My whole generation (…) was hung up on the 20 to 25 minute piece. It was our clock. We all got to know it, and how to handle it. As soon as you leave the 20-25 minutes piece behind, in a one-movement work, different problems arise. Up to one hour you think about form, but after an hour and a half it’s scale. Form is easy–just the division of things into parts. But scale is another matter. You have to have control of the piece–it requires a heightened kind of concentration. Before, my pieces were like objects; now, they’re like evolving things. 1
Dans les arbres’ and Huntsville’s performances are usually between 55 – 75 minutes, a lot shorter than the pieces Feldman talk about. But still, I see a typical performance by our ensembles more as evolving objects, and that the construction of these objects exist along a scale. Scale with sections, rather than parts that succeed each other and create form. I don’t think I am listening form and parts when I perform with these ensembles. I am listening large scale.
The idea of evolving objects is also relevant for my solo work within this project. I have, however, experimented with more detailed premeditated decisions when working solo.
Improvising dancer Kent de Spain talks about tracking form in his book Landscape of the Now: A Topography of Movement Improvisation:
There is often a sense that you just ”know” how long you’ve been going, or that you haven’t been downstage yet, or that it is time for a change of energy or quality. In that way, the messages from the tracking realm might enter the moment through desire rather than conscious awareness. That desire can be toward or away from certain choices.
I recognize this from my own practice. After such and such amount of time with this or that type of material, I receive a message from the tracking realm to change this or that.
I believe though, that these messages from the tracking realm also can be a result of conscious awareness. It is as if there is a constant negotiation between different realms in me; the listening department; my mind; my memory; my fingers; my tools. It is a constant negotiation between intuition and conscious awareness.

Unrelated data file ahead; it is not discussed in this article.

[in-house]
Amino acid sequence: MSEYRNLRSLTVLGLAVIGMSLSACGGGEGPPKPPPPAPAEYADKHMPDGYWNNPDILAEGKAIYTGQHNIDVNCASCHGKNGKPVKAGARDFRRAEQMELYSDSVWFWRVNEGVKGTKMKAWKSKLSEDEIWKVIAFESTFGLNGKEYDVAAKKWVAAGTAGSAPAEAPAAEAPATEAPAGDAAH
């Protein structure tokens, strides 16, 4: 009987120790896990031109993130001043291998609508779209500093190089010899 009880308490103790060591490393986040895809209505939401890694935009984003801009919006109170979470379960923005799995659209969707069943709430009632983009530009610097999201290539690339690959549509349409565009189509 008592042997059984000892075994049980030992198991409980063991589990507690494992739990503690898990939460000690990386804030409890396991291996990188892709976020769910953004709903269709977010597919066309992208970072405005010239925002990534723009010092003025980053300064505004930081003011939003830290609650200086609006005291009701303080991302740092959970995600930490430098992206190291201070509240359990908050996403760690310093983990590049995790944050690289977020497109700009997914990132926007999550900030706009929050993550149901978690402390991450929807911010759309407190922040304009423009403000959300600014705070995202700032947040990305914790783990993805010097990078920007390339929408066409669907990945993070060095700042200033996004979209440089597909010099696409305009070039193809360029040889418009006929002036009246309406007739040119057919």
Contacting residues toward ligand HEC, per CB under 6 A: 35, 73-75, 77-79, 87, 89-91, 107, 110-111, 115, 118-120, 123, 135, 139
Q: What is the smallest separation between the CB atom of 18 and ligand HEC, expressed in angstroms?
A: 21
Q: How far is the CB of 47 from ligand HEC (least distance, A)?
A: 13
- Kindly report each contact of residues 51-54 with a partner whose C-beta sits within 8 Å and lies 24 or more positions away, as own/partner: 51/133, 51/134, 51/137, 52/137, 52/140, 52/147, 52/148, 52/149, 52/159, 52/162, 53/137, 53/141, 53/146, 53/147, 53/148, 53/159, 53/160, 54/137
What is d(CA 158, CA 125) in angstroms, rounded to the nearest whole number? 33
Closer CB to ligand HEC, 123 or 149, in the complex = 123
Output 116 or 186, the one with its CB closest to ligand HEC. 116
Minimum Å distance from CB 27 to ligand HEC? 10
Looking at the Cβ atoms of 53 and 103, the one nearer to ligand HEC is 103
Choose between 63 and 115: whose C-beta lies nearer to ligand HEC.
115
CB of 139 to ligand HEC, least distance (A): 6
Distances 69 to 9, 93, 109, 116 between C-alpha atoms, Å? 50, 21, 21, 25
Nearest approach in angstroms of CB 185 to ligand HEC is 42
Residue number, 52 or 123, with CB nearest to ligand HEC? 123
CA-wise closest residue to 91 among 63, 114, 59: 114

it is almost as if I can look forward
into this evolving scale.
But what I see,
what I expect to happen in the near future,
often is not happening at all.
In an improvising ensemble the music evolves, it is a process. Sudden collective change in direction, abrupt collective turning points may easily be planned and rehearsed. We don’t do that in our ensembles. I think that is because it too easily comes in conflict with the process of evolving, and that such changes often complicate the process of building a coherent piece of music. In our ensembles’ music, evolving seems to have a greater focus than splitting our music into parts. A natural consequence, I believe, is that we rarely arrive at sudden and collective pivots.
On the other hand, I do recognize what Cornelius Cardew says about different phases of an improvisation: “This kind of thing happens in improvisation. Two things running concurrently in haphazard fashion suddenly synchronize autonomously and sling you forcibly into a new phase.”2 This is happening in our music, too.
A lot of improvising ensembles are splitting their music. Parts end and new ones begin all the time, as if the change in direction, itself, is a goal. I too often find that this compromises coherence. There are too many parts. They don’t fit. It is too much information. Too much change in direction. I am losing track of the evolving. I am losing interest.
The improvised music of Huntsville and Dans les arbres evolves as it does, much as a consequence of trust and responsibility. I hear a similar engagement in evolving objects when I see concerts with The Necks, AMM, Supersilent and many more. I do not at all pretend we are the only ones.
In my view there is also a wish to have a certain “control of the piece”, like Feldman says above. Not in the sense that I need, or even want to know what is going to happen. But rather in the sense that everything that happens when a piece evolves, is being tracked and stored. It is stored somewhere in the space between my listening department; my mind; my memory; my fingers and my tools. Perhaps it is more an awareness of the piece? An awareness of how the object evolves? An awareness that “requires a heightened kind of concentration.”
4. Ensembles on stage
Much of my focus in this project is on the dialogical relation between improvisations by an ensemble, thus the referentiality between improvisations. The idea of the referential relation also applies to musical form. I would for example claim that we have a tendency to begin a Dans les arbres concert sparsely. We build gradually more and more complex combinations of materials. Usually, at some point we delve into a couple of dense and loud sections, and we often have sparse endings. When performing, we usually play one continuous piece, and if the piece has sections with pauses, the pauses are always part of the piece. We rarely have pauses that join pieces.